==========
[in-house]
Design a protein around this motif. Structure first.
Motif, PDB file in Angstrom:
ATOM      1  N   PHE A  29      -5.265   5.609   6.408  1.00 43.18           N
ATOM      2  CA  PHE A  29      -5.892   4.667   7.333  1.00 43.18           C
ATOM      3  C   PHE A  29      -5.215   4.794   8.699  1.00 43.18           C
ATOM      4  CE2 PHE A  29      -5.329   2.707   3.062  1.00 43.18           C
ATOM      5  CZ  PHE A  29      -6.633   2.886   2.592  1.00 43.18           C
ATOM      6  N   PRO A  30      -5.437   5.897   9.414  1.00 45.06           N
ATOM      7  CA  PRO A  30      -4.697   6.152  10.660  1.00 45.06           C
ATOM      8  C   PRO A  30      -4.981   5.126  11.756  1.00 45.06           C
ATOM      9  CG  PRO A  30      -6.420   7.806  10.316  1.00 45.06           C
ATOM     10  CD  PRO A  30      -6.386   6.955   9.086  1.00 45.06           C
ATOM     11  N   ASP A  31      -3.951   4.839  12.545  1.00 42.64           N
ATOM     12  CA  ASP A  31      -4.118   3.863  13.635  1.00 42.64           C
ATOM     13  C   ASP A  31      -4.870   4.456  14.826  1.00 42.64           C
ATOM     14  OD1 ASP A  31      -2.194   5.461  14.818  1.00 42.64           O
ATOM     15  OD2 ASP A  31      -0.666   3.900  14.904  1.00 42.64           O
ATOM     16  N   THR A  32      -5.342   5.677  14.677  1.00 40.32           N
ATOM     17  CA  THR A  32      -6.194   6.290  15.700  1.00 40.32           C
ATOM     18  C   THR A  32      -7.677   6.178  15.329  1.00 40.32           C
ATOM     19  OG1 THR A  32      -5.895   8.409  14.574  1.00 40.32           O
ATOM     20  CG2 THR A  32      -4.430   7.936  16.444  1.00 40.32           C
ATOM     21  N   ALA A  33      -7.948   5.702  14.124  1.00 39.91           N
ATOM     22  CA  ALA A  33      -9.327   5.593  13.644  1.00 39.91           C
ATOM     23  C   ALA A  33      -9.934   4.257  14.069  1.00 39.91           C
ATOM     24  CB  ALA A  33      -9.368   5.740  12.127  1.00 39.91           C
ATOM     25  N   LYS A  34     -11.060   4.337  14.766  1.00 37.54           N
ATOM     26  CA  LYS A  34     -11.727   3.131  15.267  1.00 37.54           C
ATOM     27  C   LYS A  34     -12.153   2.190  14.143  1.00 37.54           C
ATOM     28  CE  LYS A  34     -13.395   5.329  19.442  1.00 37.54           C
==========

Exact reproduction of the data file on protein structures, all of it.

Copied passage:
[in-house]
Design a protein around this motif. Structure first.
Motif, PDB file in Angstrom:
ATOM      1  N   PHE A  29      -5.265   5.609   6.408  1.00 43.18           N
ATOM      2  CA  PHE A  29      -5.892   4.667   7.333  1.00 43.18           C
ATOM      3  C   PHE A  29      -5.215   4.794   8.699  1.00 43.18           C
ATOM      4  CE2 PHE A  29      -5.329   2.707   3.062  1.00 43.18           C
ATOM      5  CZ  PHE A  29      -6.633   2.886   2.592  1.00 43.18           C
ATOM      6  N   PRO A  30      -5.437   5.897   9.414  1.00 45.06           N
ATOM      7  CA  PRO A  30      -4.697   6.152  10.660  1.00 45.06           C
ATOM      8  C   PRO A  30      -4.981   5.126  11.756  1.00 45.06           C
ATOM      9  CG  PRO A  30      -6.420   7.806  10.316  1.00 45.06           C
ATOM     10  CD  PRO A  30      -6.386   6.955   9.086  1.00 45.06           C
ATOM     11  N   ASP A  31      -3.951   4.839  12.545  1.00 42.64           N
ATOM     12  CA  ASP A  31      -4.118   3.863  13.635  1.00 42.64           C
ATOM     13  C   ASP A  31      -4.870   4.456  14.826  1.00 42.64           C
ATOM     14  OD1 ASP A  31      -2.194   5.461  14.818  1.00 42.64           O
ATOM     15  OD2 ASP A  31      -0.666   3.900  14.904  1.00 42.64           O
ATOM     16  N   THR A  32      -5.342   5.677  14.677  1.00 40.32           N
ATOM     17  CA  THR A  32      -6.194   6.290  15.700  1.00 40.32           C
ATOM     18  C   THR A  32      -7.677   6.178  15.329  1.00 40.32           C
ATOM     19  OG1 THR A  32      -5.895   8.409  14.574  1.00 40.32           O
ATOM     20  CG2 THR A  32      -4.430   7.936  16.444  1.00 40.32           C
ATOM     21  N   ALA A  33      -7.948   5.702  14.124  1.00 39.91           N
ATOM     22  CA  ALA A  33      -9.327   5.593  13.644  1.00 39.91           C
ATOM     23  C   ALA A  33      -9.934   4.257  14.069  1.00 39.91           C
ATOM     24  CB  ALA A  33      -9.368   5.740  12.127  1.00 39.91           C
ATOM     25  N   LYS A  34     -11.060   4.337  14.766  1.00 37.54           N
ATOM     26  CA  LYS A  34     -11.727   3.131  15.267  1.00 37.54           C
ATOM     27  C   LYS A  34     -12.153   2.190  14.143  1.00 37.54           C
ATOM     28  CE  LYS A  34     -13.395   5.329  19.442  1.00 37.54           C